Animal Rights/ Events/ General

If pigs could fly…

By Guest Blogger Annie Eagle

 If pigs could fly…
(after the year of the pig)
If pigs could fly…

In Vietnam there is a delicately sweet, street-speciality called ‘jambong’ (from the French for ham).  It is often served with sticky rice (xoi) or is deftly stuffed into cut baguettes alongside cheese or meat and slivers of cucumber.  I had eaten it myself a couple of times before I discovered what it was.  It looks to me like mattress stuffing, or very fine wood shavings.  What I find striking, is how the once living animal, the pig, could be rendered unrecognizable, just as great trees are reduced to sawdust……

Now that the Year of the Pig has just ended, I wish to consider the reputation and treatment of this lowly and most serviceable animal.

In the Orient, the Pig has an honoured place in the Chinese Calendar.  This Year of the Pig ended a 60 year cycle, so was known as the Year of the Golden Pig.  It was seen as an especially auspicious year.  Orientals believe that those who are born in a Pig year will have a good life,  as reflected in the Vietnamese proverb ‘Tuoi Hoi nam doi ma an’ which roughly translated means ‘If you are born in the Year of the Pig, just lie down and wait, and someone will bring you food’ !

People born in the Year of the Pig are said to have the attributes of honesty, patience, generosity, courage & even nobility, and, an admirable belief in the perfectibility of mankind(!)

In one of the many variations of the Animal Zodiac story, each of the 12 animals was called before its peers and had to explain why it deserved a position at the top. The Boar, at a loss, proceeded to claim that the meat on its bones “tasted good“. This explanation was apparently considered unsatisfactory, because the Boar was placed at the very end of the Zodiac.

Although Moslems and Jews regard pigs as ‘unclean’, pork has become the meat of preference for the Oriental palate, principally in Thailand, China, Taiwan, Japan, Korea and Vietnam.  So much so, that pork has to be imported from the USA & Canada.  One estimate is that 1000 pigs an hour are slaughtered in the US alone. I’ll let you do the arithmetic.  An interesting linguistic point here:  English is one of the few languages where the words for meat, are divorced from the animal it came from, – a relic from the feudal system installed by the Normans, who invaded England in 1066 (the meat ‘pork’ from the French word for pig ‘porcs’, whereas the animal retains the Anglo-Saxon names ‘pig’ and ‘swine’.)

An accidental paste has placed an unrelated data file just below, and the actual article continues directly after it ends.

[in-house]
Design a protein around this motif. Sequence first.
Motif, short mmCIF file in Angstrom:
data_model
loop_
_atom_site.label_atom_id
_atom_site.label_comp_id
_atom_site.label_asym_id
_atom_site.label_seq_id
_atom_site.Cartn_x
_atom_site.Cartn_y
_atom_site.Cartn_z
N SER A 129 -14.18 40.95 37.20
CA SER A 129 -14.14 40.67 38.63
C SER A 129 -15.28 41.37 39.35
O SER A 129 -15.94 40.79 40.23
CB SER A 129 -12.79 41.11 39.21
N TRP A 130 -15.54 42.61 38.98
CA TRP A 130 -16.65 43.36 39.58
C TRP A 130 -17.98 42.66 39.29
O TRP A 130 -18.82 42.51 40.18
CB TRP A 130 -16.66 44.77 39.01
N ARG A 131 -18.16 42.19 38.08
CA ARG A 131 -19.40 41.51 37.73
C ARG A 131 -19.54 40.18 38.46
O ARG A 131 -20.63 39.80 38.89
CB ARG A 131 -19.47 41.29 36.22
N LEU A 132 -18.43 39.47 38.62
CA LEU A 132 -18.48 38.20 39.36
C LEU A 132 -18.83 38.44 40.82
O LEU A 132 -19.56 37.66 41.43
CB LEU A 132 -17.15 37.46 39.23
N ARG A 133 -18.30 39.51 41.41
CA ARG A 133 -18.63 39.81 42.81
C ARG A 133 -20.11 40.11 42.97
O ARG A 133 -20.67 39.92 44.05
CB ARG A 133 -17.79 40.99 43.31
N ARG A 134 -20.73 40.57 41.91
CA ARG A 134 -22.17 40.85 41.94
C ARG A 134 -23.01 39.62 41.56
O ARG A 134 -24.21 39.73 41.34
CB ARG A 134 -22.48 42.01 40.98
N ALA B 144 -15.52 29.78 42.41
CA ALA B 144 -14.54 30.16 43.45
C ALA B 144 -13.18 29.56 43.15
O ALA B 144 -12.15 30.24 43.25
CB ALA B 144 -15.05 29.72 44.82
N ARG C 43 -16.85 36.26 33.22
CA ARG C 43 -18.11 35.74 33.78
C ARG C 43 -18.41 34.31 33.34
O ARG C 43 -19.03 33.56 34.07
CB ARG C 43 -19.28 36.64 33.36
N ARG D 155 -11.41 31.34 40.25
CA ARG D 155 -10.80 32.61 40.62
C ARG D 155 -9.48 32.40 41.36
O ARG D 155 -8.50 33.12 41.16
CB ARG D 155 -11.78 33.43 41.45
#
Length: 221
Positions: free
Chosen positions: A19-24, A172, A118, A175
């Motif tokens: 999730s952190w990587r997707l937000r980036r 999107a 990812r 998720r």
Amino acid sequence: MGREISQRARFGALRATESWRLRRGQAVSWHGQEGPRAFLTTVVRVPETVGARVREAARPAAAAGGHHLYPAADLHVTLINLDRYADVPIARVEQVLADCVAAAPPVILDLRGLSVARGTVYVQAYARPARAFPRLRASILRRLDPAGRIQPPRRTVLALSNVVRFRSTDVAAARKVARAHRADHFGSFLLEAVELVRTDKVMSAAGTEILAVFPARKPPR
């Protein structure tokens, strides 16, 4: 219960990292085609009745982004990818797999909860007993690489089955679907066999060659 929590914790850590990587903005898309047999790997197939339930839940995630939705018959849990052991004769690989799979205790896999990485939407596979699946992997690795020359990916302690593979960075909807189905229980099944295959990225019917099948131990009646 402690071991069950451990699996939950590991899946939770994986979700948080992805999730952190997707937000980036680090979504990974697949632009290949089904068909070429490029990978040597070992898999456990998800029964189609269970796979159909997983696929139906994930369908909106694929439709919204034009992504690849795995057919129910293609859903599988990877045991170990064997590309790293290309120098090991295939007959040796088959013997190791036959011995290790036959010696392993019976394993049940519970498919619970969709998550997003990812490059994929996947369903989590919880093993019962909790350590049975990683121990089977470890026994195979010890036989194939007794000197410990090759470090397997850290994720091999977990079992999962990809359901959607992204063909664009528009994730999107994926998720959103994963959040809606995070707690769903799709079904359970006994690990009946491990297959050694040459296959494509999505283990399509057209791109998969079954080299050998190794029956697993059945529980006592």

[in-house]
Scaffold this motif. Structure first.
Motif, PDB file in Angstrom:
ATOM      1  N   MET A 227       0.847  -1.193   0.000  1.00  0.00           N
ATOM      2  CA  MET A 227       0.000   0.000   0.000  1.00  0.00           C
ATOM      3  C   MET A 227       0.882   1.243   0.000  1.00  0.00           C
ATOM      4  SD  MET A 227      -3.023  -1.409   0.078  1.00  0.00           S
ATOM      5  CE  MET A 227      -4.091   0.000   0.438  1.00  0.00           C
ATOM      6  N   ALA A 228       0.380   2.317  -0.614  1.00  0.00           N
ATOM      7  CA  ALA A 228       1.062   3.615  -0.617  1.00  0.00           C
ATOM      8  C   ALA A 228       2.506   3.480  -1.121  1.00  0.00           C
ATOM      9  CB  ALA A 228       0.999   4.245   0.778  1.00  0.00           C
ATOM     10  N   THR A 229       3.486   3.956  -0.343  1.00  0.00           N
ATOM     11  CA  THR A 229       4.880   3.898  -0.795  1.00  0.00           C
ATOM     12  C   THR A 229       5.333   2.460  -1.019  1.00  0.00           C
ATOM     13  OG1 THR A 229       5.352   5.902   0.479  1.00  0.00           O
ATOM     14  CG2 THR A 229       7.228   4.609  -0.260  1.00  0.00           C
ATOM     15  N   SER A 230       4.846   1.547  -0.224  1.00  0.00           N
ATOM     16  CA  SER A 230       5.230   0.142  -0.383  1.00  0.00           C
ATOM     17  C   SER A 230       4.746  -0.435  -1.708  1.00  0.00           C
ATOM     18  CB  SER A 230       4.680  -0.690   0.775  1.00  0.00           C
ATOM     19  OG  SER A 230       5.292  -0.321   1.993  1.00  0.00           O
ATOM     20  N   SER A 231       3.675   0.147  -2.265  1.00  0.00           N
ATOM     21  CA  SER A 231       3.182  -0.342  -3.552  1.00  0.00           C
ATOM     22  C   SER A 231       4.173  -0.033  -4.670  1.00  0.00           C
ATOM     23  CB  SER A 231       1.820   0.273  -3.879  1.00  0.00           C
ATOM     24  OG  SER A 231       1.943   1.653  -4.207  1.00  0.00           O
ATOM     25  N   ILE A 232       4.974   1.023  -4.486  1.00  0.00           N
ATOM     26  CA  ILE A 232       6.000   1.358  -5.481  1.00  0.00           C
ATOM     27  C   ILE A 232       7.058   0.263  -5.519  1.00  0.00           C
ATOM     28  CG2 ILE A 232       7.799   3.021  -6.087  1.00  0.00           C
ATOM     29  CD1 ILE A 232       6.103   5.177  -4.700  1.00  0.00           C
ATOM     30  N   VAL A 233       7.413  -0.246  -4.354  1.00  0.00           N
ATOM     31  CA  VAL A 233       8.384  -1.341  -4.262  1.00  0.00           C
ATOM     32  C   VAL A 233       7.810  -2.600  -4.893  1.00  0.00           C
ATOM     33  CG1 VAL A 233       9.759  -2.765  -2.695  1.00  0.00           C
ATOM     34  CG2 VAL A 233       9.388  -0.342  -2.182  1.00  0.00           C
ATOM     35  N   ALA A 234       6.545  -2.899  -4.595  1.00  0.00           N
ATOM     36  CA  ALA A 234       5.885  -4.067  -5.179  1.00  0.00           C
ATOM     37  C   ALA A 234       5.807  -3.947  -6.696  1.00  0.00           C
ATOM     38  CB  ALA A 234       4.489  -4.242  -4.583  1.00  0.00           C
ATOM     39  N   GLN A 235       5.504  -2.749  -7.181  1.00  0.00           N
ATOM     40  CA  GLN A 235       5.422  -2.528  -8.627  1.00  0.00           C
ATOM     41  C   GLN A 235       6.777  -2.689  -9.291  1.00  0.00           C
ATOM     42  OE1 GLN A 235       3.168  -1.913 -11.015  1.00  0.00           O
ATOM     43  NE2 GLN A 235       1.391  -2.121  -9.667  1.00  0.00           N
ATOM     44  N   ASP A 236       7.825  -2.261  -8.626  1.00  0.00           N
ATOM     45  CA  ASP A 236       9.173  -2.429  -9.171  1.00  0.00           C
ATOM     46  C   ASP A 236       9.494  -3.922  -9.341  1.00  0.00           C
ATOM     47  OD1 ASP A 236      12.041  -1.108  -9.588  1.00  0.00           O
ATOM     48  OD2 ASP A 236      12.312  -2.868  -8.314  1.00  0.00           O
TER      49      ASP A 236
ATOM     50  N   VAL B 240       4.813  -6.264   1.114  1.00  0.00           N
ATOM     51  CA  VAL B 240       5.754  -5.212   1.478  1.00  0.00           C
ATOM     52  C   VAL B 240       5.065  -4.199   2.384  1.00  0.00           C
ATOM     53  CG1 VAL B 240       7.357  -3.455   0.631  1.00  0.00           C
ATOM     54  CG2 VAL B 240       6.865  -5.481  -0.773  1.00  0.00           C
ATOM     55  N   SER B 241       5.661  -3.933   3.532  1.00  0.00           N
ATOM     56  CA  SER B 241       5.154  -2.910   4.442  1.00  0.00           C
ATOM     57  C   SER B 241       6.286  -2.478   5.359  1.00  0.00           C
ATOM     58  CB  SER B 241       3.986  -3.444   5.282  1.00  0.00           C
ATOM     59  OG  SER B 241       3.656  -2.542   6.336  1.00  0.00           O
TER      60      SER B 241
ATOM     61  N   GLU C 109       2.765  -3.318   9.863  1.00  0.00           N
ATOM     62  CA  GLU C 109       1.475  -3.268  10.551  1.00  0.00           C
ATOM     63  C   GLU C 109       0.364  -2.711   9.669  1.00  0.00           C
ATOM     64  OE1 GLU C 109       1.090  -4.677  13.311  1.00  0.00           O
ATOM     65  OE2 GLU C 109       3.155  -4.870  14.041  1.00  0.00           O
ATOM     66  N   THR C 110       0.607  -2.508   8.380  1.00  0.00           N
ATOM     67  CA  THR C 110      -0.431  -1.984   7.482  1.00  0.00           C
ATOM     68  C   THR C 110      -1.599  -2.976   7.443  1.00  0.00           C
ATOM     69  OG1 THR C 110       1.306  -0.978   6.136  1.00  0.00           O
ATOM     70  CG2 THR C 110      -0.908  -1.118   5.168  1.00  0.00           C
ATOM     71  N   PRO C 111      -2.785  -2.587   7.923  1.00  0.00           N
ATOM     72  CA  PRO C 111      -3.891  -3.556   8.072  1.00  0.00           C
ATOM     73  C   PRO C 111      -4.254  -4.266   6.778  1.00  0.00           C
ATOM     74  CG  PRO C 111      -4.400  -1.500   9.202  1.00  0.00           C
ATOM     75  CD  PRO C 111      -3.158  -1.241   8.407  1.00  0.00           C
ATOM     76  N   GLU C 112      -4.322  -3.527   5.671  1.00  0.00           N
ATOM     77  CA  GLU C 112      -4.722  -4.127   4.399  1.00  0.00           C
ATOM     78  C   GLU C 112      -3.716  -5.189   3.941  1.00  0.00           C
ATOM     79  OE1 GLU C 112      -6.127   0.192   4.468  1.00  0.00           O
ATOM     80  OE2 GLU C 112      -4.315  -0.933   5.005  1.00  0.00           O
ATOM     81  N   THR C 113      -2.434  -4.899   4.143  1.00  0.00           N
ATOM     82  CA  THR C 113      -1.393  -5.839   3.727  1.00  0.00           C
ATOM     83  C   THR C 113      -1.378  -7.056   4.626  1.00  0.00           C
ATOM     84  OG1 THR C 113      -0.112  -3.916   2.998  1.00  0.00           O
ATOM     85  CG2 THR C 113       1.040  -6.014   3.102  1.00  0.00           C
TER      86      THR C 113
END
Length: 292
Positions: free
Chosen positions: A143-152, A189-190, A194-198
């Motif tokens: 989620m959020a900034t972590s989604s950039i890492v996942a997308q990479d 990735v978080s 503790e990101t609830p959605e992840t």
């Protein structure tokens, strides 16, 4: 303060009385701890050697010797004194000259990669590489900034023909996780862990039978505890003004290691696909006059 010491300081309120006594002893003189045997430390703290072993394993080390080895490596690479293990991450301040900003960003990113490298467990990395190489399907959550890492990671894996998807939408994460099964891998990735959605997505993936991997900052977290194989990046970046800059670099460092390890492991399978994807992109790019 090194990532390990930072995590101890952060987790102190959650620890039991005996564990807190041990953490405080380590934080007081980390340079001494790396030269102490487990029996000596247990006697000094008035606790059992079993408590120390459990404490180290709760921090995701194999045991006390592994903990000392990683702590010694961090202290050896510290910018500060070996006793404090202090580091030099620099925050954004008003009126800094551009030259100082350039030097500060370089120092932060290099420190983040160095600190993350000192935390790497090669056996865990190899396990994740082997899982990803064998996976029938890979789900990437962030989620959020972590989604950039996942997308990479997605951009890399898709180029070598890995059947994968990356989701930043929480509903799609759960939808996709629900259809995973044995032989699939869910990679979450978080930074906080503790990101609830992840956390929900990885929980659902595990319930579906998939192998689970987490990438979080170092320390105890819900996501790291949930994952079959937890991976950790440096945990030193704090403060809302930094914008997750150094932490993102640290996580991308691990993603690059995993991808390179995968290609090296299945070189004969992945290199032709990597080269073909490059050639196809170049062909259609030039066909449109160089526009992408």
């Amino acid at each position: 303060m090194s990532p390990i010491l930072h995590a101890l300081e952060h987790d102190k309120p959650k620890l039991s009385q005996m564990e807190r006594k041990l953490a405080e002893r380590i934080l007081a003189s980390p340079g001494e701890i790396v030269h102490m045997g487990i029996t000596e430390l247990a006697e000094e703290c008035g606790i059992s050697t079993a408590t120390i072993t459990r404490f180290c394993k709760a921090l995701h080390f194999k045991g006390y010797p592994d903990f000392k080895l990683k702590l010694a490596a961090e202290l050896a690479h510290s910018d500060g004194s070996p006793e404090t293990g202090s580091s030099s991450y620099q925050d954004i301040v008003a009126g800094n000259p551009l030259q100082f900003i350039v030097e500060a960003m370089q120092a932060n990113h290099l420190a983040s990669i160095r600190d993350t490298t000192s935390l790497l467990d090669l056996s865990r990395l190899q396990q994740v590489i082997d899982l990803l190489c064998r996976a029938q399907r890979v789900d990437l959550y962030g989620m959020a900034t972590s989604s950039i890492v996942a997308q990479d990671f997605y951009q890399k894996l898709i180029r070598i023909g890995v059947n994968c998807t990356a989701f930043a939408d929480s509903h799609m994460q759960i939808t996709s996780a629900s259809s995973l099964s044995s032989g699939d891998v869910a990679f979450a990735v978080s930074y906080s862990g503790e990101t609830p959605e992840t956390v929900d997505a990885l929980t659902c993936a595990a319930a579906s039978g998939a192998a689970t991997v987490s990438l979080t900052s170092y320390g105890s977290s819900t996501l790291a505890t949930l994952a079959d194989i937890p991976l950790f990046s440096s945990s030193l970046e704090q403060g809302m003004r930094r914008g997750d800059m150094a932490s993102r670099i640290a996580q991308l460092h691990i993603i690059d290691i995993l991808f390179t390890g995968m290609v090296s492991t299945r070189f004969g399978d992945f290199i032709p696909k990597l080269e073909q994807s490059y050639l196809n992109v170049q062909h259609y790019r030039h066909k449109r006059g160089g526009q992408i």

As a European residing in Viet Nam, I have given much thought to the plight of pigs, not least, because one aspect of it was right under my nose, on a daily basis.  For my first two months in Da Nang City, I lived with a Vietnamese family.  The balcony of my room on the fourth floor overlooked the busy Han Street Market, with a marvellous view of the adjacent Han River, suspension bridge & the mountains beyond.  However the deep pleasure of this was marred by something I saw & heard directly across the street below me.

My daily wake-up call around 4am, in the grey light of dawn, was the sound of a man hacking up freshly-slaughtered pig carcasses with a cleaver.  Every morning he would roll up with three of them slung across the back seat of his motorbike, cloven in half from snout to tail, trotters jiggling obscenely in the half-light.  All skinned & pink, looking vaguely human, The man threw them down on a tarp on the ground, & proceeded to butcher them.  A grisly sight. By 5am they were all skillfully & systematically reduced to ‘cuts’ of meat, around which a small crowd of shoppers would gather;  by 7 or 8am the whole lot had been sold, the tarp was empty & the man packed up & left.  This would repeat itself again the next day, & the next…..